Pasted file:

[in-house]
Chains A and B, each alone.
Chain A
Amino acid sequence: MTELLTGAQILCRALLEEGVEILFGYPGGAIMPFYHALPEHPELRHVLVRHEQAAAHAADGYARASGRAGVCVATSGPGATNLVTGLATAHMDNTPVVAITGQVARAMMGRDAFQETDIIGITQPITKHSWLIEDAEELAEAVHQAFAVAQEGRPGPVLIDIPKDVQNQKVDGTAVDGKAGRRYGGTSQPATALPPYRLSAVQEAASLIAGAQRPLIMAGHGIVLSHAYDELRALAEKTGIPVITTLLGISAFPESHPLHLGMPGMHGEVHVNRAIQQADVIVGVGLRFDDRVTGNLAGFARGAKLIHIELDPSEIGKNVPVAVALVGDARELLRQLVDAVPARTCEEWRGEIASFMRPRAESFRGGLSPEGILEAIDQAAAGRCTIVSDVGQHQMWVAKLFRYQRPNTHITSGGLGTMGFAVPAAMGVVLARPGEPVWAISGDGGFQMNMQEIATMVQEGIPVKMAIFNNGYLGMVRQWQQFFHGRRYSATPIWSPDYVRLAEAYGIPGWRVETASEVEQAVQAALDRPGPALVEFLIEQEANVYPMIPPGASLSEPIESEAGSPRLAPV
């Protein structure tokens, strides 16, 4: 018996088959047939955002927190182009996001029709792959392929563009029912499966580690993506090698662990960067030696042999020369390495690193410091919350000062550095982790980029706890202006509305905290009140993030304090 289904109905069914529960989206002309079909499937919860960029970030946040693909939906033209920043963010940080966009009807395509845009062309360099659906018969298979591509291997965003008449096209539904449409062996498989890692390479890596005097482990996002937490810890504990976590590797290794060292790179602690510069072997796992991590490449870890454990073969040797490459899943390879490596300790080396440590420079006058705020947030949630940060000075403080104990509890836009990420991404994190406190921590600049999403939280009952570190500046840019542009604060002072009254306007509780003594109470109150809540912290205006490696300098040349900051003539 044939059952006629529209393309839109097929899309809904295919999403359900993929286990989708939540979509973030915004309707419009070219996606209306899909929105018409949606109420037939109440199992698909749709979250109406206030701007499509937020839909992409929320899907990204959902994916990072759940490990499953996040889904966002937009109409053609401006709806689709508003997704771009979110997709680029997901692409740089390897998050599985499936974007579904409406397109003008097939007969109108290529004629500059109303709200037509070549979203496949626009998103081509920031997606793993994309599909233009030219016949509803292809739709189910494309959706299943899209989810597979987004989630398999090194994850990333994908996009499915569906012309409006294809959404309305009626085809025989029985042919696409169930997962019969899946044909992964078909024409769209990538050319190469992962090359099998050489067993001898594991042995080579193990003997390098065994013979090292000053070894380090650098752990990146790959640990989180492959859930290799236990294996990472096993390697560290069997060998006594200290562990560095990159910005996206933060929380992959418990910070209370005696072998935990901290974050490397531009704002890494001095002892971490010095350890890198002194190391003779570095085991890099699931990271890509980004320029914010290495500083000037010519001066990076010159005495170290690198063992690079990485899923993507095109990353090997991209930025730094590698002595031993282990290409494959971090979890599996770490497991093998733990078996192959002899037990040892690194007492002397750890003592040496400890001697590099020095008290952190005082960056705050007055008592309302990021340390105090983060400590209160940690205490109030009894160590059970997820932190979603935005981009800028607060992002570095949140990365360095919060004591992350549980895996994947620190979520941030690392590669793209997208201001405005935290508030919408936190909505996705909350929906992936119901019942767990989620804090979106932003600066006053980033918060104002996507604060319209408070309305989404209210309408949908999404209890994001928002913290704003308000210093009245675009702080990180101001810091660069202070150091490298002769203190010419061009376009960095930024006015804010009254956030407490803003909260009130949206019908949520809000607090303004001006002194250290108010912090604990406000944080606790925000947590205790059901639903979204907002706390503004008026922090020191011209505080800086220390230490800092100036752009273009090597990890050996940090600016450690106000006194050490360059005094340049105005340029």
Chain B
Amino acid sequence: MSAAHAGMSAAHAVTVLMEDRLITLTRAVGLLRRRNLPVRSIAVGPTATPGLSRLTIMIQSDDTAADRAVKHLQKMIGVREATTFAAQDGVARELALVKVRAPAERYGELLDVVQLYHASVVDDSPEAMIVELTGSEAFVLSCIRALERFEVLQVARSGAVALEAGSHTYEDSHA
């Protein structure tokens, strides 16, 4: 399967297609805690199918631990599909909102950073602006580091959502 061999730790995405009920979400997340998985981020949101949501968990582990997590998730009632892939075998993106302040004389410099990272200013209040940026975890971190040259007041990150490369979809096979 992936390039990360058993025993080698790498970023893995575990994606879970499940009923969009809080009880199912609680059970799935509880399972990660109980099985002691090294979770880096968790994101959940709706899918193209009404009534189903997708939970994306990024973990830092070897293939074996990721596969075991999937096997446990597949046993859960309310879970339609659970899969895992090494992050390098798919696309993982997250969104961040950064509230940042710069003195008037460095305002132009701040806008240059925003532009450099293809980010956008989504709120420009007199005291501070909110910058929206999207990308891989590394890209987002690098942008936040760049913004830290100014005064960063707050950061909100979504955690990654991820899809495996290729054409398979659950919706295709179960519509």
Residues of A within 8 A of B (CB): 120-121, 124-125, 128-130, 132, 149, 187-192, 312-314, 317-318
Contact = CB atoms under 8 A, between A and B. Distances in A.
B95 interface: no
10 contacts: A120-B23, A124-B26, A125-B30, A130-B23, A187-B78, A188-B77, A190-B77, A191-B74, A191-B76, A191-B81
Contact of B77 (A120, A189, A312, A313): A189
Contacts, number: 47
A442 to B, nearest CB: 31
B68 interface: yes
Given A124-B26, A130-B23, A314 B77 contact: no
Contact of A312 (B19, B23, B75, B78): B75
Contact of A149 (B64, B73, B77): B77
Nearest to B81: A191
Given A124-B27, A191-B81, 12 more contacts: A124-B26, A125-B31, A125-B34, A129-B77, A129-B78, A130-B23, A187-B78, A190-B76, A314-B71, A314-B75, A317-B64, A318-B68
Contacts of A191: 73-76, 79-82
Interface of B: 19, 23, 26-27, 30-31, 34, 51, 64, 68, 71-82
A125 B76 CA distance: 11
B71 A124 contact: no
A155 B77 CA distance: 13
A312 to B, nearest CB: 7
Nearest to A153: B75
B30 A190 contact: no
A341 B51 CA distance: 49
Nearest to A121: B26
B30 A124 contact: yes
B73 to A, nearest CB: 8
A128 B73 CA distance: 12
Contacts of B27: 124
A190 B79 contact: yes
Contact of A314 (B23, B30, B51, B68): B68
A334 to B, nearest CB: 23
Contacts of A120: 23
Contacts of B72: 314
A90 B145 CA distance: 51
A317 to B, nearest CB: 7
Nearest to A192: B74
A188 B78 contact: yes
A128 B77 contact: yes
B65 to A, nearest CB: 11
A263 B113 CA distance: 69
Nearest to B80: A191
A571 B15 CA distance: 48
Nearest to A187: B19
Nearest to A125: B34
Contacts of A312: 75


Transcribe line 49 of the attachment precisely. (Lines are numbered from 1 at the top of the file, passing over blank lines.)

A571 B15 CA distance: 48